Visual acuity results (logMAR scale) in the 5-FU group were worse than results in the standard therapy group at 1 month; however, the visual acuity change from the qualifying visit was better in the 5-FU group at 1, 2, and 3 years. The difference was not statistically significant at 4 or 5 years. This study showed that, regardless of treatment group, patients with controlled intraocular pressure had less visual acuity loss than patients whose intraocular pressures were not controlled. No difference between treatment groups was found in change in visual field sensitivity. Patients who underwent reoperation showed more visual field loss than those who did not undergo reoperation; the results also suggest that visual field loss is associated with high intraocular pressures. Both treatment groups lost visual acuity and visual field throughout the 5 years of the study.
Risk factors other than treatment that clearly affect success are preoperative intraocular pressure, the number of previous ocular procedures with a conjunctival incision, and the time interval between the last ocular surgery and the study filtering surgery.
The development of a late-onset leak in the filtering bleb was more likely to occur in the 5-FU group (9 percent) than in the standard therapy group (2 percent). No other long-term adverse effects were significantly different between the two groups. Two cases of endophthalmitis developed in the 5-FU group versus one case in the standard group.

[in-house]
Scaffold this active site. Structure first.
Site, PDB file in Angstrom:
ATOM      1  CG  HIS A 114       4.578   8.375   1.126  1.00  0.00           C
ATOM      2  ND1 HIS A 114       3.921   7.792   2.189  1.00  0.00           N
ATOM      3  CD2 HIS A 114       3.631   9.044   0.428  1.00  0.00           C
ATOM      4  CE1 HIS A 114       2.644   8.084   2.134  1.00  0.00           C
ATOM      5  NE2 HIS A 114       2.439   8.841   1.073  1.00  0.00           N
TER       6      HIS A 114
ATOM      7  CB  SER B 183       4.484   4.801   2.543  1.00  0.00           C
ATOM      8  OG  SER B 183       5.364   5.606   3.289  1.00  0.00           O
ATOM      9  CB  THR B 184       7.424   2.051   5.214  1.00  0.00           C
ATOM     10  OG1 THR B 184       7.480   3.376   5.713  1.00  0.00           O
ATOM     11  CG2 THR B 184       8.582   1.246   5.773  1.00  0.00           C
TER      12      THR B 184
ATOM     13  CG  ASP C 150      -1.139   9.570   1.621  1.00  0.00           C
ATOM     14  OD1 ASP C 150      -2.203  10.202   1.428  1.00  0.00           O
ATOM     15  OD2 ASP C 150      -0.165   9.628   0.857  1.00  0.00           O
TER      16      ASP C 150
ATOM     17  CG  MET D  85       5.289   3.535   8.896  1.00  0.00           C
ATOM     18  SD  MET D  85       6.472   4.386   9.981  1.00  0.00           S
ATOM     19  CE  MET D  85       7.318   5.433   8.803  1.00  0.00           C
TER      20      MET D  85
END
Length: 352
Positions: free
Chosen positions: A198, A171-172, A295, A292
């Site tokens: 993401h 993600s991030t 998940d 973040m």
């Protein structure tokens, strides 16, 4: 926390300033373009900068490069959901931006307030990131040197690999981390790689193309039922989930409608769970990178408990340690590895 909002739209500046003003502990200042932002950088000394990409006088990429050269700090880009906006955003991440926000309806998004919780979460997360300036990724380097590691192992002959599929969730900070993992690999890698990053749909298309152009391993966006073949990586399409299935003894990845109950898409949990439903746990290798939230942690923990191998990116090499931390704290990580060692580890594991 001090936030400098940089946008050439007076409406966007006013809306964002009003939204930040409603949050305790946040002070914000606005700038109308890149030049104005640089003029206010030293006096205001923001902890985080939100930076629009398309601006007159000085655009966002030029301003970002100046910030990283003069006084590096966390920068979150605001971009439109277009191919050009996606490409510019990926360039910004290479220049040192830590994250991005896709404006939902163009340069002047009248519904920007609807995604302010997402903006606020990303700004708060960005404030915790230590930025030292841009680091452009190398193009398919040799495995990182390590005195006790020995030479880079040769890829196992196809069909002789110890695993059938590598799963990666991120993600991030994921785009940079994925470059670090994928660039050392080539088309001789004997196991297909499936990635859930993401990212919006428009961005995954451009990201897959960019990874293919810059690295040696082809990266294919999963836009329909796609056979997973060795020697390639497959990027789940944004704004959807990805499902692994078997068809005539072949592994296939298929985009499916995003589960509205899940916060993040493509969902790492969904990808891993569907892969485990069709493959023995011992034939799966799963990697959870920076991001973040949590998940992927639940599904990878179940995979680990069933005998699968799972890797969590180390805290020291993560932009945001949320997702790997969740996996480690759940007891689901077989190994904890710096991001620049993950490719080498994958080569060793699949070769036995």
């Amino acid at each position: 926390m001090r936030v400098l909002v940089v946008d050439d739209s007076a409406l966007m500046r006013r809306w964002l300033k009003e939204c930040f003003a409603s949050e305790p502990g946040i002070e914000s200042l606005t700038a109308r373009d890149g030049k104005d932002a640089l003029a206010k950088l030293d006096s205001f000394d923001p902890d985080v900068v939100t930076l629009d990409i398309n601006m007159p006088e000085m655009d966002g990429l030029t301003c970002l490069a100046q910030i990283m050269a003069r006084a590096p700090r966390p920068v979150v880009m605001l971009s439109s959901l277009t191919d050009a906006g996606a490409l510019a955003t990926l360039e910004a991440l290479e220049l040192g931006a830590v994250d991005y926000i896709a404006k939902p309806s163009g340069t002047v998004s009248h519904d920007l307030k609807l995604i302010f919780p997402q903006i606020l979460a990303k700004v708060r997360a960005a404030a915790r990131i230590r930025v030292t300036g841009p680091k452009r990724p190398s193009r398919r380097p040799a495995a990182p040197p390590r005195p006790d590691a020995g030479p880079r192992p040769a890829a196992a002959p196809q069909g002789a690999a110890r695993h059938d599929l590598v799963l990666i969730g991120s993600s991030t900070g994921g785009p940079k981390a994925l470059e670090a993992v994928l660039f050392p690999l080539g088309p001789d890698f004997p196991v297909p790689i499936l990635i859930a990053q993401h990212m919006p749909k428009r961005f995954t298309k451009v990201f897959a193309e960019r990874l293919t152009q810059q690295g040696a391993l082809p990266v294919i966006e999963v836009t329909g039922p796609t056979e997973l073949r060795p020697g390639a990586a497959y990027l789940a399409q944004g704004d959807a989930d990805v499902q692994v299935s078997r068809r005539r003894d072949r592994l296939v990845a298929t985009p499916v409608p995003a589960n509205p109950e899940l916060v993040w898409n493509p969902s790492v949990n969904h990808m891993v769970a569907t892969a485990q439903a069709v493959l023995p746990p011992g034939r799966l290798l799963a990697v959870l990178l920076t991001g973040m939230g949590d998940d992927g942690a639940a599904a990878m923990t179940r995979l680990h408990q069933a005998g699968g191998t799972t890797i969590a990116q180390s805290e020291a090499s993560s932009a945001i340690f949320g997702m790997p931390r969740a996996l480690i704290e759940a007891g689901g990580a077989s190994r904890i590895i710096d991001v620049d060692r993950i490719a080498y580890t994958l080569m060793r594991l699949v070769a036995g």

The risk of a suprachoroidal hemorrhage was not related to 5-FU. However, an important finding concerning suprachoroidal hemorrhage after filtering surgery is that the risk of hemorrhage was strongly associated with the preoperative intraocular pressure.
The association between high preoperative intraocular pressure and acute postoperative hypotony was not suspected as a risk factor for the development of suprachoroidal hemorrhage prior to this study. This observation has contributed to a change in ophthalmic surgical practice. Patients with very high preoperative intraocular pressures now undergo trabeculectomies with multiple tightly tied sutures or with releasable sutures in the scleral flap placed to minimize postoperative hypotony. Postoperative argon laser suture lysis or removal of releasable sutures may reduce the likelihood of large postoperative intraocular pressure fall and subsequent hypotony.
The Fluorouracil Filtering Surgery Study Group recommends the use of subconjunctival 5-FU after trabeculectomy in eyes that have undergone previous cataract surgery or unsuccessful filtering surgery. However, because of a higher risk of late-onset wound leaks, which may increase the risk of endophthalmitis, the study group cautions against the routine use of 5-FU in patients with good prognoses.
of visual function was associated with intraocular pressure control in
both treatment groups, providing additional evidence to support intraocular
pressure lowering in patients with glaucoma.